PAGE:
I got to know Gertrude of Hefta a few years ago because I was searching for someone who could help me recognize heaven more while I am on earth. Of course, recognizing heaven while we live on earth is the whole point of Christianity but Gertrude had a very graphic way of describing her experiences with God and reading her accounts heightened my awareness of being with God everyday, which is what heaven is after all. Through her writings, Gertrude also anticipated devotion to the Sacred Heart of Jesus which wasn’t popularized until three centuries later by St. Margaret Mary.
Like Benedict XVI has told us, “Thanks to the Holy Spirit, believers are able to know the intimacy of God himself, discovering that he is not an infinite solitude but a communion of light and love and life…In this world, no one is able to see God but he has made himself known so that, with the Apostle John, we are able to affirm ‘We have come to know and to believe in the love God has for us.'(1 Jn 4:16).”
Our Lord affirmed that his desire isn’t for “infinite solitude”, as our Holy Father says, by appearing to St Gertrude once after Communion in the form of a pelican. When she asked him why, he said, “I wish that everyone would consider the excess of love which required Me to present you with such a gift. For after having thus sacrificed Myself, I would rather remain dead in the tomb than deprive a soul who loves Me of the fruit of My Mercy. Consider that, as the blood which comes from the heart of the pelican gives life to its little ones, so also the soul whom I nourish with Divine Food which I am, receives Divine Life in this world which will never end.”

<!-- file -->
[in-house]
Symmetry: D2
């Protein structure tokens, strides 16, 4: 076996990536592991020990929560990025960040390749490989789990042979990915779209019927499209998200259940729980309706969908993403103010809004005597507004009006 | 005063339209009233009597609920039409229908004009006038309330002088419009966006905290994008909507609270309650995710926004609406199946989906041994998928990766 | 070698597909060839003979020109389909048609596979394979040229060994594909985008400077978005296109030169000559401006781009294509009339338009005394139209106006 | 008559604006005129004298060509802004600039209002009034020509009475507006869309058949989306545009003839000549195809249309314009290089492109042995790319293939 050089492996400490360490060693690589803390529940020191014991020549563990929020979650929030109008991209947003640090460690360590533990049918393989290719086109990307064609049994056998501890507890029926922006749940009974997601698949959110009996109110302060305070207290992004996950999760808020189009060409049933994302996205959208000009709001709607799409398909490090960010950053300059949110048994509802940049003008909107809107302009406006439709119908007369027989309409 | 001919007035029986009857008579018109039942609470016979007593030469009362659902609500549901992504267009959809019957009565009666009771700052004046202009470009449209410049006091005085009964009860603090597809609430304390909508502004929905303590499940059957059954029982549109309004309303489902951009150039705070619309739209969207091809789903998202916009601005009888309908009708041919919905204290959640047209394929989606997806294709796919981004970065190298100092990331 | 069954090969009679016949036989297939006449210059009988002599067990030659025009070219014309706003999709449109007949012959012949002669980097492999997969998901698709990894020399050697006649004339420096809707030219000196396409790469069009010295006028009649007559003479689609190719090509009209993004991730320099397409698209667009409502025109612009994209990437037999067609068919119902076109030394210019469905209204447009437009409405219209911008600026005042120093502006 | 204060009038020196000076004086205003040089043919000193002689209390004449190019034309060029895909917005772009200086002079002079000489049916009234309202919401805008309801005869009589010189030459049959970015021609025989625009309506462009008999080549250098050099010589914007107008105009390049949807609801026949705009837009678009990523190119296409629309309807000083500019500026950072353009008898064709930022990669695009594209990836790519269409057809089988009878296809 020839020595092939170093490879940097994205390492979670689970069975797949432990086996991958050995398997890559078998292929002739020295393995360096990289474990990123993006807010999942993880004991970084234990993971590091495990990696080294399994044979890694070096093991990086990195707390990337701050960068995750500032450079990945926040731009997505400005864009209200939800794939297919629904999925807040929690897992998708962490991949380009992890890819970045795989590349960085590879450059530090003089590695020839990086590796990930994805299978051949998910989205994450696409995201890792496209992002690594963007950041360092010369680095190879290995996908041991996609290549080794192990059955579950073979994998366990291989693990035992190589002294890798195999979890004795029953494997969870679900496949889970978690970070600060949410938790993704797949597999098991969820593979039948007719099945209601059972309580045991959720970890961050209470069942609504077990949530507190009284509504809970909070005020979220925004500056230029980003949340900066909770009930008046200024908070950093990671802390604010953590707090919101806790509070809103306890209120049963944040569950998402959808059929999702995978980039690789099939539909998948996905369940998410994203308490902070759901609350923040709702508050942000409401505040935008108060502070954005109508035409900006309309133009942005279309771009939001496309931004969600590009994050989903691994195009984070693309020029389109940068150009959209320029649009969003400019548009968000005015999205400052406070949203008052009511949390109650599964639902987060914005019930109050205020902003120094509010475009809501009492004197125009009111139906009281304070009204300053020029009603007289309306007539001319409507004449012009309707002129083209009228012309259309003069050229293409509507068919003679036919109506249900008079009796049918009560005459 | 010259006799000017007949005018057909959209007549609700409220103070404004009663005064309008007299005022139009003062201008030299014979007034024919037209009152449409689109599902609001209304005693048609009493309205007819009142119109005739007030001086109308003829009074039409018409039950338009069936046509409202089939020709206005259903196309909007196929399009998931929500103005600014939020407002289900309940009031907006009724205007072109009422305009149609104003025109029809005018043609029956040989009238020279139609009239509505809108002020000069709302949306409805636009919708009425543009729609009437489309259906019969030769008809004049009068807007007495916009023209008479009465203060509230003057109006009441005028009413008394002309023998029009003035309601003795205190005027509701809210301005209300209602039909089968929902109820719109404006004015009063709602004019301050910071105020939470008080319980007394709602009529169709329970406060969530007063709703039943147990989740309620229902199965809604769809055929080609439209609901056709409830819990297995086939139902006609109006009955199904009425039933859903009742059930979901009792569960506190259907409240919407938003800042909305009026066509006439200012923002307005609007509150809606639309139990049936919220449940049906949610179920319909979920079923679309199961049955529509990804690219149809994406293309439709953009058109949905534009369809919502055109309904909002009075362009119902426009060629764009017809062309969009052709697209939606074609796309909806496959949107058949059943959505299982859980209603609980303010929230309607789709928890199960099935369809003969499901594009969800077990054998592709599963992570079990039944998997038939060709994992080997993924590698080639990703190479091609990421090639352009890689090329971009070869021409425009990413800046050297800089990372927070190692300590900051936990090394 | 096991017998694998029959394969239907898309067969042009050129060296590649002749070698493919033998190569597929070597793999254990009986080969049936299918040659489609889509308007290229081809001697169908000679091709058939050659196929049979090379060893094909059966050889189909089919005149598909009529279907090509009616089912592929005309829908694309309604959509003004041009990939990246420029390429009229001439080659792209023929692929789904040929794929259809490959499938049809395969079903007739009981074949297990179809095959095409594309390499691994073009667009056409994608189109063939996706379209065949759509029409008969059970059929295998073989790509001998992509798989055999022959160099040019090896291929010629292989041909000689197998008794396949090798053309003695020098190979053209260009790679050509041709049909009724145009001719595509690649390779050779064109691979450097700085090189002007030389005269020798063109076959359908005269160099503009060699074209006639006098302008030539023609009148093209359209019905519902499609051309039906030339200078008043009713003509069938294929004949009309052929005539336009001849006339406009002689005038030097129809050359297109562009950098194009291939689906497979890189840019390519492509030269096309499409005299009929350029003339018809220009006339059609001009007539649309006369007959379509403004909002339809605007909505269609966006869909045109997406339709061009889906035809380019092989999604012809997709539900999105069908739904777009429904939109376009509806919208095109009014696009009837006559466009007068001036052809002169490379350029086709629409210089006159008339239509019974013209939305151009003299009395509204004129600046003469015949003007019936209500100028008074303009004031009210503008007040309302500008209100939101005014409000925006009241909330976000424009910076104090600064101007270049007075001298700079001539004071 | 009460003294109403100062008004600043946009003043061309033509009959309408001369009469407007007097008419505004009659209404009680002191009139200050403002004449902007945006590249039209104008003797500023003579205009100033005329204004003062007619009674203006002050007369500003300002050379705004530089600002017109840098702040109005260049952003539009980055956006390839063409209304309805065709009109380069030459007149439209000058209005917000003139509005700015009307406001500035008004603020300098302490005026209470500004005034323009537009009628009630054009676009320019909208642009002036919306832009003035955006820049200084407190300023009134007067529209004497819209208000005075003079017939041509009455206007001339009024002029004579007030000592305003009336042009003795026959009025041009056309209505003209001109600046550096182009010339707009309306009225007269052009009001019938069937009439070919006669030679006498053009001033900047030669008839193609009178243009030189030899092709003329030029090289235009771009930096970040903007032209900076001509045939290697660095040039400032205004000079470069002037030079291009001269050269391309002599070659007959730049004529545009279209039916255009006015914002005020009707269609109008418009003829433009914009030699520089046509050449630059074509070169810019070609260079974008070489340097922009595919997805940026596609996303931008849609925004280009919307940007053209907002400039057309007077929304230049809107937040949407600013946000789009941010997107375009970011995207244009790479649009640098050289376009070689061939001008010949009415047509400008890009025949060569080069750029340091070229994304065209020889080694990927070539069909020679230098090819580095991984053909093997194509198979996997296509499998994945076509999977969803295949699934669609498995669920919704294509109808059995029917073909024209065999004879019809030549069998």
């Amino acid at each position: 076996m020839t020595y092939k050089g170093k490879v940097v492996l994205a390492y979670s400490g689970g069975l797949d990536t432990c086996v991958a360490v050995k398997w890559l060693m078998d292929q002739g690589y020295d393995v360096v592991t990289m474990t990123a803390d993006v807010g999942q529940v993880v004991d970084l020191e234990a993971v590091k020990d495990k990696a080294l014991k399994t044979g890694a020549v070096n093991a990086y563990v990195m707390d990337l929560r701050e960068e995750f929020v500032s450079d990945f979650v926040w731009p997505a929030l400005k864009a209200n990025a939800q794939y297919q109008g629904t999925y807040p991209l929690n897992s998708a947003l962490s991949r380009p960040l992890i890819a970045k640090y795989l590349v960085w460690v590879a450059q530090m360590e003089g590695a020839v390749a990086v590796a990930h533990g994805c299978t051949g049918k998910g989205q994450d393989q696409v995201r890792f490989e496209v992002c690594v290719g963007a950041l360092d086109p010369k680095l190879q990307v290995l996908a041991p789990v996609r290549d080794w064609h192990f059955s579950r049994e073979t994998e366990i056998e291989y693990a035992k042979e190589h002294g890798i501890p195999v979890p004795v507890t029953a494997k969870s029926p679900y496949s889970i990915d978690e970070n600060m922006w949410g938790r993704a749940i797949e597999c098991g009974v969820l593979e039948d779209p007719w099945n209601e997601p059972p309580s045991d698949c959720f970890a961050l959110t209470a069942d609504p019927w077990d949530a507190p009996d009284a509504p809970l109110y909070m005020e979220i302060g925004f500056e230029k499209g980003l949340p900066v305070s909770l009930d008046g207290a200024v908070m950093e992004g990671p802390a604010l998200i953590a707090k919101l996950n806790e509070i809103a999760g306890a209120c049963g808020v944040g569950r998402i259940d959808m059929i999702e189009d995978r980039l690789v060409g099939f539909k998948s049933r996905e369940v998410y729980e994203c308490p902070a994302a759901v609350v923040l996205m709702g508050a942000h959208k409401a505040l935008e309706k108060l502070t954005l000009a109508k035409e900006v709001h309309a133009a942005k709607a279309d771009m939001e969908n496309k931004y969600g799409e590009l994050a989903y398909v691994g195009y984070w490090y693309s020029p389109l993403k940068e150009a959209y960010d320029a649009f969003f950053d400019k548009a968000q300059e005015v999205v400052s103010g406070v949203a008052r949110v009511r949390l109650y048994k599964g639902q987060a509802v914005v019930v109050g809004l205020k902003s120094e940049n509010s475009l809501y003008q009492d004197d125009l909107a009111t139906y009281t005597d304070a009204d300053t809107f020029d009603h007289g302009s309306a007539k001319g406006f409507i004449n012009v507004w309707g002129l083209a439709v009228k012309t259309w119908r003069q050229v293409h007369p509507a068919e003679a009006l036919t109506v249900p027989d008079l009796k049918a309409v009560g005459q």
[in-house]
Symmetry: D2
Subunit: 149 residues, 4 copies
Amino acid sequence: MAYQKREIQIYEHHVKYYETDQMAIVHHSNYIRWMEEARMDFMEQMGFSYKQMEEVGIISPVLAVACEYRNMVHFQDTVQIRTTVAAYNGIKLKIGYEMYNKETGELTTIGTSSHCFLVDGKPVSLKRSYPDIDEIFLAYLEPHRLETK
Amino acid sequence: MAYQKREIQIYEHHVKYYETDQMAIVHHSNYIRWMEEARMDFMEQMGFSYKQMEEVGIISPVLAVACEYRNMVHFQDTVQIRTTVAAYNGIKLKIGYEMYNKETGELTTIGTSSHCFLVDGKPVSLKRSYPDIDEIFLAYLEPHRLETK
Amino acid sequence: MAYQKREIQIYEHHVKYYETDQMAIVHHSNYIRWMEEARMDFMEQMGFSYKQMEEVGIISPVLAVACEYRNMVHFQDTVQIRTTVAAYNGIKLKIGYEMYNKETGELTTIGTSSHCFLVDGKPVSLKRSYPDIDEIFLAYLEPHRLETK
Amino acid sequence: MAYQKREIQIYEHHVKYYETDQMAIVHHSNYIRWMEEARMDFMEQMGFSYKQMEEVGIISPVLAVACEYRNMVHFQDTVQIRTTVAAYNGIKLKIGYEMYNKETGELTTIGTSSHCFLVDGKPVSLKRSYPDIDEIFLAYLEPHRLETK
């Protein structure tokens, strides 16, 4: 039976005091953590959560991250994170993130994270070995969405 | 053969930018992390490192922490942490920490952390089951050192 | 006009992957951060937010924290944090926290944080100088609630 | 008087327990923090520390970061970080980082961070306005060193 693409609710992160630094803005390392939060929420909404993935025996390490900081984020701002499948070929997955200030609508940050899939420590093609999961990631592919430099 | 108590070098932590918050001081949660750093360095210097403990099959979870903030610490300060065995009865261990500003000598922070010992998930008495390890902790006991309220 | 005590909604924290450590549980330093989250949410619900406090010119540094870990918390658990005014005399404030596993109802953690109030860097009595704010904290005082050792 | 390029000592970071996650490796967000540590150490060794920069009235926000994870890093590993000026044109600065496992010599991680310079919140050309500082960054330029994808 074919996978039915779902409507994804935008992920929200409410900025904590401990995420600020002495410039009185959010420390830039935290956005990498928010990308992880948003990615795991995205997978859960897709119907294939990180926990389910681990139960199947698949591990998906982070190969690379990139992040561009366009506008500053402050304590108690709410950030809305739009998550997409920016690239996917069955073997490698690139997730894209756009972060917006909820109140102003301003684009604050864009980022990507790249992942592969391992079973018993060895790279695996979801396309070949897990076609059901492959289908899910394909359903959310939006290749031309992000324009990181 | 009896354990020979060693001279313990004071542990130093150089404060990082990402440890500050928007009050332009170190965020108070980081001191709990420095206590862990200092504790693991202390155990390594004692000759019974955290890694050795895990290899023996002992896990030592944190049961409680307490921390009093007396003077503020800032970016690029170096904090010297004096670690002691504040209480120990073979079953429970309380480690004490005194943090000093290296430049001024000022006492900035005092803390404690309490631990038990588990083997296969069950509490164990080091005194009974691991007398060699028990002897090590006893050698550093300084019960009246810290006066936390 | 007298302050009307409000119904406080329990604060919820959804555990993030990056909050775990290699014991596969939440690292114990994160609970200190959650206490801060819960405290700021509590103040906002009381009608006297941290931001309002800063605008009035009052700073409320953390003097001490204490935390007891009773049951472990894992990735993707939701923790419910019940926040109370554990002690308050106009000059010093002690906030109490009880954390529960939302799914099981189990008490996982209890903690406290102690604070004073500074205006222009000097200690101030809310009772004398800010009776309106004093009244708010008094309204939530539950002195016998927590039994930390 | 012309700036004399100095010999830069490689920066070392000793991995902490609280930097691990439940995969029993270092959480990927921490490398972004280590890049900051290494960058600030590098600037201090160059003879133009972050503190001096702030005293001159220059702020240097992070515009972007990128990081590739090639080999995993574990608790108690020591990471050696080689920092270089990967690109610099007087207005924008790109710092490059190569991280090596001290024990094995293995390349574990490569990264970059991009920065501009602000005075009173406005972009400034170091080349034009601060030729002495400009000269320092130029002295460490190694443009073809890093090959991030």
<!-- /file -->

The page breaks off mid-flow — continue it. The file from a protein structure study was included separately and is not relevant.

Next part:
On another occasion after receiving Our Lord in the Eucharist, Gertrude asked if she might share his presence with the souls detained in purgatory. Jesus replied, “It is not easy for everyone to approach a king who stays in his castle but, when love for his queen induces him to go forth, all may behold, through her, his magnificence. Thus, when I am moved by love to visit one of the faithful in the Sacrament of the Altar, all who are in heaven, on earth or in purgatory receive immense benefits thereby.”
By these teachings and many many others, Gertrude plainly communicates how God “has made himself known”, as the Pope says, to her. In so doing, this remarkable woman who died in 1302, has made heaven, God’s presence, more known to me in the 21st century too. What a wonderful consolation to realize that, when I receive Communion worthily, I am able to share that joy not only with the people in purgatory but also with loved ones who live in heaven now! Truly uniting us now in Christ’s Body as, hopefully, we will all be when this world-that-is-passing-away ends.
No wonder Gertrude the Great is on the short list of review to be declared a Doctor of the Church. Let’s ask for her help to grow in our faith on her feast day, November 16.